Chances are, you haven’t been giving much thought — or any thought — to inflation lately. Those white-hot increases in the cost of living throughout the 70s, 80s and early 90s are largely a memory now. With inflation idling around 2 percent for the last several years, odds are there are other, more important economic considerations in your business life.
Besides, inflation rates are an abstract concept to many security professionals — just a lot of numbers. In truth, inflation, whatever the current rate, plays a vital role in everyone’s life, business owners as well as individuals.
Consider the price of gasoline, which averaged about $1.35 per gallon 20 years ago; however, due to the unforgiving effects of inflation, a gallon of that same gas cost about $3.50 today. If you have been around long enough to remember when McDonalds dished up their 15-cent hamburgers in 1955, you may feel nostalgic when you shell out a buck for that same treat today (and a hamburger in some restaurants today will cost you $9 or $10).
The Complex Effects of Inflation
One of the complexities of inflation is that its effects are misleading. It makes direct price comparisons — from one year or one era to another — meaningless. It makes some of today’s products seem expensive when they are actually cheaper and vice-versa.
The only meaningful way to compare prices from one period to another is to compare them with the general price level of each period or to the percent of average wages necessary to pay for the item during each period.
Money itself takes on a flexible value when inflation rears its ugly head. We have all heard that computer guru Bill Gates is the richest person in America, with a net worth reportedly at $76 billion. But he is a long way from being the richest American ever when you compare his fortune’s purchasing power with some of the great industrialists of a century ago. While the fortunes of John D. Rockefeller and J.P. Morgan were far less than $76 billion expressed in dollars of their day, their purchasing power was greatly in excess of Bill Gates’s today. That’s because a product or service that costs $1 today sold for about five cents a hundred years ago. Put another way, if you paid $1 for a product in 1903 and bought the exact same product today, it would cost you $23.34.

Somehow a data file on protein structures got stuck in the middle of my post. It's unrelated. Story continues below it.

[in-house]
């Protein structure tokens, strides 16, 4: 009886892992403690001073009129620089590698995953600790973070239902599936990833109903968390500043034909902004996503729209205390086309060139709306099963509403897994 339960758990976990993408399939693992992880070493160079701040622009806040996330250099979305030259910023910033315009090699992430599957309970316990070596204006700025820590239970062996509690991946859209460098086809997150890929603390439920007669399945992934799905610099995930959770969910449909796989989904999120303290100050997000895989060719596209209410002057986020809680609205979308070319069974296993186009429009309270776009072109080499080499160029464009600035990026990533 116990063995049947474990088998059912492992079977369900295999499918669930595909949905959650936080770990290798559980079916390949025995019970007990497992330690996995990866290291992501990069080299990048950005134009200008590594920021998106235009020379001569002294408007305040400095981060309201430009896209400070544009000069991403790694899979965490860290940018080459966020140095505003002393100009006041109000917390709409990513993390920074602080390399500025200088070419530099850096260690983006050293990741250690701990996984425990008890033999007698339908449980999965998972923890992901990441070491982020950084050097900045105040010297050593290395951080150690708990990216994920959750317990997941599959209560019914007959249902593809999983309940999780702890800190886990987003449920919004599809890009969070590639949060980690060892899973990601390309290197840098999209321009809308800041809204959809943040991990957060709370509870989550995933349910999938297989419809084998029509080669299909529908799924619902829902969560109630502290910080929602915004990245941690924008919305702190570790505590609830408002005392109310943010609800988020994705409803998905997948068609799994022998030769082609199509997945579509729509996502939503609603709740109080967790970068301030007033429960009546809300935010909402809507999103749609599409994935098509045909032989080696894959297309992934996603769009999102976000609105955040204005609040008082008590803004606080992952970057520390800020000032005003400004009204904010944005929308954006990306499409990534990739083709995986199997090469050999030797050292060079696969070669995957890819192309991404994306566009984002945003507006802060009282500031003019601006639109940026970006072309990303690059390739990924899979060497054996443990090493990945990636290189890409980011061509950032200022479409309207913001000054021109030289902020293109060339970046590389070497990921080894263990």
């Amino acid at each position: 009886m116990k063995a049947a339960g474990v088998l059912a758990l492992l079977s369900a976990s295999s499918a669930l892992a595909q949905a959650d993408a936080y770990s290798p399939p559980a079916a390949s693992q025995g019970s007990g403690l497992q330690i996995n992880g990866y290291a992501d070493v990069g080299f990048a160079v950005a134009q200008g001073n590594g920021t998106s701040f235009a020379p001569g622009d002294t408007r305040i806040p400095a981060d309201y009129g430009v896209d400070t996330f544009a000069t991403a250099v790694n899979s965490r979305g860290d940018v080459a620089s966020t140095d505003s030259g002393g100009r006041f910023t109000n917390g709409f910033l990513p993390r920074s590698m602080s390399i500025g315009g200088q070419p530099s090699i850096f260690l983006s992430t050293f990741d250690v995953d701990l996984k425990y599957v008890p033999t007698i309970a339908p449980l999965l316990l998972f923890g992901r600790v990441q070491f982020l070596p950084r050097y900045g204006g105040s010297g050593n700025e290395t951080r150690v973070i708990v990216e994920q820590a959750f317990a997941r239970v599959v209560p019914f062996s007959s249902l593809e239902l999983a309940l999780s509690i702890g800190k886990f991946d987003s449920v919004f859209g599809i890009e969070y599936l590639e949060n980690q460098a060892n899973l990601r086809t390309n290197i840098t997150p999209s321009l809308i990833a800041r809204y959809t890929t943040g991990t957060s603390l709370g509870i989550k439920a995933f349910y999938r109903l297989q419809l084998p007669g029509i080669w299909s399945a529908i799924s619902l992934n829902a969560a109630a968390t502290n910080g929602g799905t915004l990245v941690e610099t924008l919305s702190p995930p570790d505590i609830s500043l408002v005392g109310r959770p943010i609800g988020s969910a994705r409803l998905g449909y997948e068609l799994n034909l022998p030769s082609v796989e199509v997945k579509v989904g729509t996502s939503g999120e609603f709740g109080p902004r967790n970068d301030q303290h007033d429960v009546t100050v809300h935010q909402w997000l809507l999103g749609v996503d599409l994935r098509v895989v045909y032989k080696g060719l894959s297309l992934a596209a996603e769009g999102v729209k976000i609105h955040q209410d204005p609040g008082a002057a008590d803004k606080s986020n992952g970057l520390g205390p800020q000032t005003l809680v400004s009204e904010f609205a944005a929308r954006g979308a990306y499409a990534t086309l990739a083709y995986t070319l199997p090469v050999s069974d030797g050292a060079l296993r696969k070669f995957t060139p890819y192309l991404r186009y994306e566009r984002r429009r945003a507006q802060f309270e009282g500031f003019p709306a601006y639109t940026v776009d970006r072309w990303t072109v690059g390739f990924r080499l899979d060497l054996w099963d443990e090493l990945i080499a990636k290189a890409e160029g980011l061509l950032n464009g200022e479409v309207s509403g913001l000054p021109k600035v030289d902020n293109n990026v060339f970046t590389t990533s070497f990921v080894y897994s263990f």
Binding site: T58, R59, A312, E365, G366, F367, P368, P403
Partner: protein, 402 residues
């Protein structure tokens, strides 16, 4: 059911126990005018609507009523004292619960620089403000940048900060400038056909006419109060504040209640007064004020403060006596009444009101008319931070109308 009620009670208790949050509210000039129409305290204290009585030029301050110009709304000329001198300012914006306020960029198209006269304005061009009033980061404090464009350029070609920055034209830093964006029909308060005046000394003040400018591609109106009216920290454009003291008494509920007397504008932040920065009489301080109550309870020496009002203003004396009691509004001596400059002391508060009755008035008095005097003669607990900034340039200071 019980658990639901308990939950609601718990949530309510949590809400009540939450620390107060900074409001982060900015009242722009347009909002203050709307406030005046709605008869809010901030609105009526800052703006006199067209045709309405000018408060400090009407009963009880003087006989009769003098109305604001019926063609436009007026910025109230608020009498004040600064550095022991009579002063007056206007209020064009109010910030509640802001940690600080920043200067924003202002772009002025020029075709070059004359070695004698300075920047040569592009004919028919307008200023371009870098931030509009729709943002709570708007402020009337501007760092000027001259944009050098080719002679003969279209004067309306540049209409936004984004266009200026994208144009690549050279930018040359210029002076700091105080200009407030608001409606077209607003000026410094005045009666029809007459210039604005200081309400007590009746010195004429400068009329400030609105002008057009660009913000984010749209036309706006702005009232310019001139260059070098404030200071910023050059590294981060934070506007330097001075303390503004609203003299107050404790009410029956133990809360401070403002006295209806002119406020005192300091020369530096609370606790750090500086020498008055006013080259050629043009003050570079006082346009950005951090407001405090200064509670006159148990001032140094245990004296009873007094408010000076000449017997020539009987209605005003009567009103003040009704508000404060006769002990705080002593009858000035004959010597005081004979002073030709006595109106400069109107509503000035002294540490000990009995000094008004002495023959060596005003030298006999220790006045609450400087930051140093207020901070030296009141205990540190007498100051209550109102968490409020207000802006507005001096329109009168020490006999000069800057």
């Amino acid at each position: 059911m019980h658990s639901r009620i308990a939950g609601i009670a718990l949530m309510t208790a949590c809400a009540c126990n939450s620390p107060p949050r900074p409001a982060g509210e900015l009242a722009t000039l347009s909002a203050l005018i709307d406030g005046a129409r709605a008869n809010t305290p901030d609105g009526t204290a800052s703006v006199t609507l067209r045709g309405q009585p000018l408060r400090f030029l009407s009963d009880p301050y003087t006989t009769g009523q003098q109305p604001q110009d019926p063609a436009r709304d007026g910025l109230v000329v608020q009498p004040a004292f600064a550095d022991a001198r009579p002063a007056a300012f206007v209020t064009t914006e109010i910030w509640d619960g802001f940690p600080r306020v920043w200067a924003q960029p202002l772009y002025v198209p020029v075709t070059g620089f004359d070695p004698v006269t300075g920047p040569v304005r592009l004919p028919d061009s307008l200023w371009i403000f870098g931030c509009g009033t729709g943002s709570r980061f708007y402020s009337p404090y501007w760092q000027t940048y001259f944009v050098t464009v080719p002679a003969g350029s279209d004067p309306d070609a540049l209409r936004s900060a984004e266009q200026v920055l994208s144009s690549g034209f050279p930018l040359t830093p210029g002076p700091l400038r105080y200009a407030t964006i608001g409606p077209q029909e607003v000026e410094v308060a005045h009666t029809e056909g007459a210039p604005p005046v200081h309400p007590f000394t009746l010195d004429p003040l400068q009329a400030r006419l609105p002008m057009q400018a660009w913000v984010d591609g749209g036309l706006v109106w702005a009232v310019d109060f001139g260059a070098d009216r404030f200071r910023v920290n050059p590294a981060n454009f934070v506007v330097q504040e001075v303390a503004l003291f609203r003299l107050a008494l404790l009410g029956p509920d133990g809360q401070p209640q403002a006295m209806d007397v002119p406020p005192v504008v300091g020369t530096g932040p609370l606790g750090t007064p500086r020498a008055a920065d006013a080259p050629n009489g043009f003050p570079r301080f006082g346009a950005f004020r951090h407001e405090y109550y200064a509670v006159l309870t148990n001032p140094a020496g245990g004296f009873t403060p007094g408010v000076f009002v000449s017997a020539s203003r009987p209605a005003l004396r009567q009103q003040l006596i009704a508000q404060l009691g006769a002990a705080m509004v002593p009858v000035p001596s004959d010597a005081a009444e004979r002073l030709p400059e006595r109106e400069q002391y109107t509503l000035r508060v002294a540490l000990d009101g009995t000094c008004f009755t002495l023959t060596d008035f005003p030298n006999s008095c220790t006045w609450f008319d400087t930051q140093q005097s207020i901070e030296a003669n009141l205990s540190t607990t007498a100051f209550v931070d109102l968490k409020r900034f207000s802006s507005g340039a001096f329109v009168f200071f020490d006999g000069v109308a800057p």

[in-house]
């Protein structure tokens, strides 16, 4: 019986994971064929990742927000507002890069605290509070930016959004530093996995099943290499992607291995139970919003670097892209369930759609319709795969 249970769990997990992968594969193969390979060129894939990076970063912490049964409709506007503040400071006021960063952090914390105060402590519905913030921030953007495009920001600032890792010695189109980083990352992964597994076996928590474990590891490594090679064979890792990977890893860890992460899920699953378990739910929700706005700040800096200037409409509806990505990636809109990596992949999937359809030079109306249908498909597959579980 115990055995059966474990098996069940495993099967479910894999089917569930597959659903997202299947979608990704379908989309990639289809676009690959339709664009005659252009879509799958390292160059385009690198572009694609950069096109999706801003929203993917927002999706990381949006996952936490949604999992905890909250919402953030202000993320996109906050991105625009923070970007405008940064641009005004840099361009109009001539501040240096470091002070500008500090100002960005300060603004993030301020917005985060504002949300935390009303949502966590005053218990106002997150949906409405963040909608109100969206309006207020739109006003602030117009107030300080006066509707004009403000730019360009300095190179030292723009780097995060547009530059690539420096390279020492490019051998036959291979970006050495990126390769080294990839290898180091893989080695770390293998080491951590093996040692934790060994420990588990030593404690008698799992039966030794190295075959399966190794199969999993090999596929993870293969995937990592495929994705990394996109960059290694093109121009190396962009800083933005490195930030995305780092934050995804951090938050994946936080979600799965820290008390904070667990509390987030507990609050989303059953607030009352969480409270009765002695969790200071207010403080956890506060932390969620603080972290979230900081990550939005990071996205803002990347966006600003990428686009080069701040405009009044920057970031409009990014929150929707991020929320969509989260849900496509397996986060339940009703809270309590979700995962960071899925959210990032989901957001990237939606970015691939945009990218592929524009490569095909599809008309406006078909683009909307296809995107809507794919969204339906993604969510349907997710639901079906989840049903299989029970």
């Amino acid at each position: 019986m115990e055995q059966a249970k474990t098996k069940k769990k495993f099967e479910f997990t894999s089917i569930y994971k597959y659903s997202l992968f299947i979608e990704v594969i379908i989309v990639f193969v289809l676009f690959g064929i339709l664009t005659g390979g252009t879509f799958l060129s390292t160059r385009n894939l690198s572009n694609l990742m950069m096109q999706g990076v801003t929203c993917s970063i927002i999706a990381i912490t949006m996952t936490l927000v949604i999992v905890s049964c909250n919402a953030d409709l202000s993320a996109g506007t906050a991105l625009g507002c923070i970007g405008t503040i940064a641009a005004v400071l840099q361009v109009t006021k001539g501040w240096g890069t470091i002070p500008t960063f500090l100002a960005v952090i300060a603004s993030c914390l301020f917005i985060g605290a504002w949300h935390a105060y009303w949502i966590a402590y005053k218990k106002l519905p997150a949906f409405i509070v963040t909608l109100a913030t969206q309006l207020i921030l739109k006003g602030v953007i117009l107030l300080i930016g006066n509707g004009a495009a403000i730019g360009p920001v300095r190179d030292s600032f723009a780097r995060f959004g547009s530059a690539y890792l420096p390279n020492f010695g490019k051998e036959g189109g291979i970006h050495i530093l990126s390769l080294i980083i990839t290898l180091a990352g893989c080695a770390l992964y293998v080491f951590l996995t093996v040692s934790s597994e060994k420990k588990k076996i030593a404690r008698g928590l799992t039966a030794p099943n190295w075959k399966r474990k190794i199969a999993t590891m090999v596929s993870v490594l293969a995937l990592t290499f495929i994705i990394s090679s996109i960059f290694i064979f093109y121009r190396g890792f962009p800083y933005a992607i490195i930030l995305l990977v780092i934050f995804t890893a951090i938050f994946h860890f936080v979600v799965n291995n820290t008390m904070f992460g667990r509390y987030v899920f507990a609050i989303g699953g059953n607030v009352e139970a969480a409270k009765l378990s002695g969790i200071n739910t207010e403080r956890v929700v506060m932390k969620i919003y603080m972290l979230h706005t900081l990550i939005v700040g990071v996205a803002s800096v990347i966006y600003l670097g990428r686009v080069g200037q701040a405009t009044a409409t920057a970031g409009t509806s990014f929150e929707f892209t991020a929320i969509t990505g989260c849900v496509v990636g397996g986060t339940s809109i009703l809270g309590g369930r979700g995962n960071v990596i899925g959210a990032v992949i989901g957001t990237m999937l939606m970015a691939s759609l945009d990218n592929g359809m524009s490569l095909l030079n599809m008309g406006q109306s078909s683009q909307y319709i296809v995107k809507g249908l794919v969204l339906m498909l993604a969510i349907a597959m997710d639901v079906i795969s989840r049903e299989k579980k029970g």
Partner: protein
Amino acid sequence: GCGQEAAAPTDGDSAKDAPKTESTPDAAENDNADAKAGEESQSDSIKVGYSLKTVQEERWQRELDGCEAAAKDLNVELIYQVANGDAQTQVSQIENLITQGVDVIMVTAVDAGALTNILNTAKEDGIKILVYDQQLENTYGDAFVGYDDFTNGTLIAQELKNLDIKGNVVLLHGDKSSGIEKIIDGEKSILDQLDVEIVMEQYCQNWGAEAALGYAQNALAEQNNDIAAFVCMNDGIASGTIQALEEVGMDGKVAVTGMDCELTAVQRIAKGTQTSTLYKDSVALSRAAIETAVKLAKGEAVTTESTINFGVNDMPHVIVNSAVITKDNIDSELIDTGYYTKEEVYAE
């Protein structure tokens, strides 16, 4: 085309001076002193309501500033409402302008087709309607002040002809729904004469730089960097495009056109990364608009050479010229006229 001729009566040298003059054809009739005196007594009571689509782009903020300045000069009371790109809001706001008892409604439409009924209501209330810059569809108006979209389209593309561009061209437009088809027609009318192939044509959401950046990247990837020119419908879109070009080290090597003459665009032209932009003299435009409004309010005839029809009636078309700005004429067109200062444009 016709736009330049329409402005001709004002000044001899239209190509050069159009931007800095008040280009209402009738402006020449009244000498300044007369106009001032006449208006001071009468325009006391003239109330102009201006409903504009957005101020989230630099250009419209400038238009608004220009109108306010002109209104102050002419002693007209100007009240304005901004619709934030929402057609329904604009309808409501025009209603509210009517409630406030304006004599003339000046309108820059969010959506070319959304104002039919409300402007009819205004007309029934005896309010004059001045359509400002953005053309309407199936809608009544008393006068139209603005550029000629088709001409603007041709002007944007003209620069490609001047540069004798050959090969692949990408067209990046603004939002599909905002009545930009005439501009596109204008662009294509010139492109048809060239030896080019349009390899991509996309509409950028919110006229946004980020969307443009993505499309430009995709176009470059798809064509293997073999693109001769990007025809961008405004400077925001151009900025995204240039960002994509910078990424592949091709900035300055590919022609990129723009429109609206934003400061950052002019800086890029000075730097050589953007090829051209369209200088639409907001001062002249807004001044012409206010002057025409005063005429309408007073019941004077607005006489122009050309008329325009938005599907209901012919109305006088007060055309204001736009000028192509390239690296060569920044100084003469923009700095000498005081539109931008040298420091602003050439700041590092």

Direct Comparisons Can Be Misleading
During the Great Depression, a first-run movie ticket in a neighborhood theater sold for 15 cents — how does that compare with the tab at one of today’s multiplexes? With inflation factored in, a movie ticket should cost $1.90 today. Obviously, with ticket prices now running at $12 or higher, it is costing us a lot more to visit the local movie emporium than it did back in the dark days of the Depression (and don’t forget today’s $2.50 Coke that used to cost a nickel).
Of course, the bargain-price phenomenon evident in such areas as the price of hamburgers and gasoline doesn’t necessarily extend itself throughout the universe of products and services involved in the security business. Any security dealer paying for medical services or health insurance today is well aware that those costs have risen at a pace far in excess of inflation.
So what does all this have to do with your business? Plenty — misleading comparisons of prices can lead not only to a healthy dose of nostalgia, but faulty business decisions as well. Being aware of the true increase in costs after inflation is a necessary part of good financial management.
Inflation Never Lets Up
The rate of inflation can vary wildly from one year to the next; however, regardless of the variations, inflation continues its work relentlessly year after year. And, of course, each year’s increase compounds on top of the previous year’s. Even that harmless-seeming two percent or so inflation rate of recent years takes a significant toll over time.
After ten years of two-percent inflation, that dollar bill in your pocket today would be worth only 82 cents.